Disabled Workers

All about Disabled Workers, Disability and the Workplace, Discrimination Against Disabled Persons in the Workplace, Disabled Workers and Salaries in Zimbabwe and more on Mywage Zimbabwe.

 Who is a disabled person?

In terms of Zimbabwe labour law, a “disabled  person”  is defined under section 2 of the Disabled Person Act,  Cap 17:01 as a person with a physical, mental or sensory  disability, including a visual, hearing or speech functional disability, which leads to physical, cultural or social barriers  inhibiting him/her from participating at an equal  level  with other members of   society in activeness, undertakings or fields of employment that are open to other members of society. Section 9 of the Act, prohibits discrimination against disabled persons in employment.

What challenges do disabled persons face in the job market?

Most people with disabilities in Zimbabwe are not accorded equal access to job opportunities. According to study by the National Association of Societies for  the Care of the Handicapped (NASCOH), only two percent of people with disabilities are employed in The public sector, and overall less than seven percent of people with disabilities in Zimbabwe are in employment. A further eight percent are self-employed, while 29 percent are involved in farming activities for sustenance. Nineteen percent are said to be studying.

Why is the employment of disabled persons a challenge in Zimbabwe?

The high rate of unemployment among people with disabilities in Zimbabwe is due mainly to        their lack of qualifications and discrimination from employers. Lack of qualifications often result when people with disabilities, especially females, are denied access to school.  Those who do attend school do often not receive informed career guidance, and are not aware of appropriate career opportunities.

Why do employers discriminate against disabled persons?

Employers perceive employing disabled persons as costly and are thus reluctant to employ them. In general employers do not take measures to facilitate a working environment appropriate for people with disabilities – such as wheelchair-friendly spaces, for example - as this will cost them.

How do employers discriminate against people with disabilities?

Through lack of awareness among employers about appropriate environments for people with disabilities. As a result most workplaces in Zimbabwe are inaccessible to people with disabilities . For example, they lack ramps, wide doors and hallways for those that are wheelchair bound. Many escalators in buildings do not work. Office setups are not structured in ways that accommodate people with disabilities. As another example - appropriate equipment is lacking such as basic software that is required if people with visual impairments are to use computers.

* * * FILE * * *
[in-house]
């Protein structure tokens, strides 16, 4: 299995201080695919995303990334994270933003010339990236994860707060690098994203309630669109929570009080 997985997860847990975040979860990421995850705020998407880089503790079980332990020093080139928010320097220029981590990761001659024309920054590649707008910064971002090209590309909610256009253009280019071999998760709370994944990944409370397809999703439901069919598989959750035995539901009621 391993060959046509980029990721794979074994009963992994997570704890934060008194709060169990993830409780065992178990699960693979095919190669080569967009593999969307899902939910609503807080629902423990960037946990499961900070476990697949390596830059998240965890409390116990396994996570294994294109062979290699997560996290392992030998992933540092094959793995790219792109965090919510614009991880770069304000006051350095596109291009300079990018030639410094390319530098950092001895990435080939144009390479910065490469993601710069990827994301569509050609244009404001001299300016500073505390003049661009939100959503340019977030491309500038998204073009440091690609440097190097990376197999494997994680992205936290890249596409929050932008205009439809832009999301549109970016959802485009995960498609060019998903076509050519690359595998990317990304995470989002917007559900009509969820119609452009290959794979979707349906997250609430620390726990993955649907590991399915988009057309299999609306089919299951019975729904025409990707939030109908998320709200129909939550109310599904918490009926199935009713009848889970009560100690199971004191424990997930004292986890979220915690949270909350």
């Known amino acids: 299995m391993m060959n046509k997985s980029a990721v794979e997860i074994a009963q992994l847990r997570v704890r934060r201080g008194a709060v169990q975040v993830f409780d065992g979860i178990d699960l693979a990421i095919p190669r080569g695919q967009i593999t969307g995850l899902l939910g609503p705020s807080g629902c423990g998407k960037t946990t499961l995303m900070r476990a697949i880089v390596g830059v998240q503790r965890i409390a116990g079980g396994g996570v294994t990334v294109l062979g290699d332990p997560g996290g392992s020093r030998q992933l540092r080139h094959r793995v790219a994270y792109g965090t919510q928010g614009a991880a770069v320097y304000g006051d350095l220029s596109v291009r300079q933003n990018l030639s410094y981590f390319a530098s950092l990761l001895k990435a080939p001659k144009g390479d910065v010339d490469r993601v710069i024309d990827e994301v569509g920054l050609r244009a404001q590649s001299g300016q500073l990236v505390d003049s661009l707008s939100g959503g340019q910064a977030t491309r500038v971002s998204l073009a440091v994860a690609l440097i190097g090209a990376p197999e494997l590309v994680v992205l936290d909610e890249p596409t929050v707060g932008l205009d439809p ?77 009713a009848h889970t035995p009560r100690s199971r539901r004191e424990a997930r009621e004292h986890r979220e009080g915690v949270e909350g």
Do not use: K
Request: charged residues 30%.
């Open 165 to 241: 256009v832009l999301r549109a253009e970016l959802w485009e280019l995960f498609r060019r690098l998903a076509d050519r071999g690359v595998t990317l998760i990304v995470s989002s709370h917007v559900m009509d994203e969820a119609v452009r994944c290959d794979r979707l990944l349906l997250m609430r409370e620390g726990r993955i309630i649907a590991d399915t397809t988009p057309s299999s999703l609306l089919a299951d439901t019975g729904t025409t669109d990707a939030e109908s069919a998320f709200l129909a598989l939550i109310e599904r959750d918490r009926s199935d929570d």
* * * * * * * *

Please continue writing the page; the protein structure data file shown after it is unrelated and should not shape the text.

What challenges do disabled persons face when they are employed?

They are generally given low grade jobs and are usually looked down upon by their employers as they think they cannot cope with the tasks at hand. The disabled also have to contend with discrimination and verbal abuse from their colleagues. There is a strong stigma attached to disability and some able-bodied people superstitiously believe that they can be “contaminated” by the disabled. This also complicates work relations when it comes to information sharing and communication with colleagues, for example between people with visual or hearing impairments. 

Is it all doom and gloom? Personal tax credit.

No! In the absence of stigma, relations with colleagues can be very good. Some students from institutions for the disabled have secured formal  employment or have become self –employed. Some are employed as social workers or by NGOs working in the area of helping the disabled.  Some employers even employ disabled persons in order to enjoy tax benefits. According to the current tax rates disabled persons, including blind persons, enjoy a personal credit of USD 75 per month.

Is there scope for improving the conditions of the disabled in the workplace?

Yes.

  • There is a need to provide career guidance at all levels of education, from primary to tertiary level, for people with disabilities. 
  • There is a need to remove discrimination against people with disabilities in workplaces by educating employers on appropriate workplace environments. There should also compulsory quotas for employers in relation to the disabled.
  • Government must ensure that organisations comply with legal requirements to ensure that employment settings are user-friendly to people with disabilities, through installations of ramps, rails, accessible elevators etc.
  • Tax thresholds of tax liability should be linked to activation of the above measures. 
  • The award of central and local government contracts should be tied to the fulfilment of the above.
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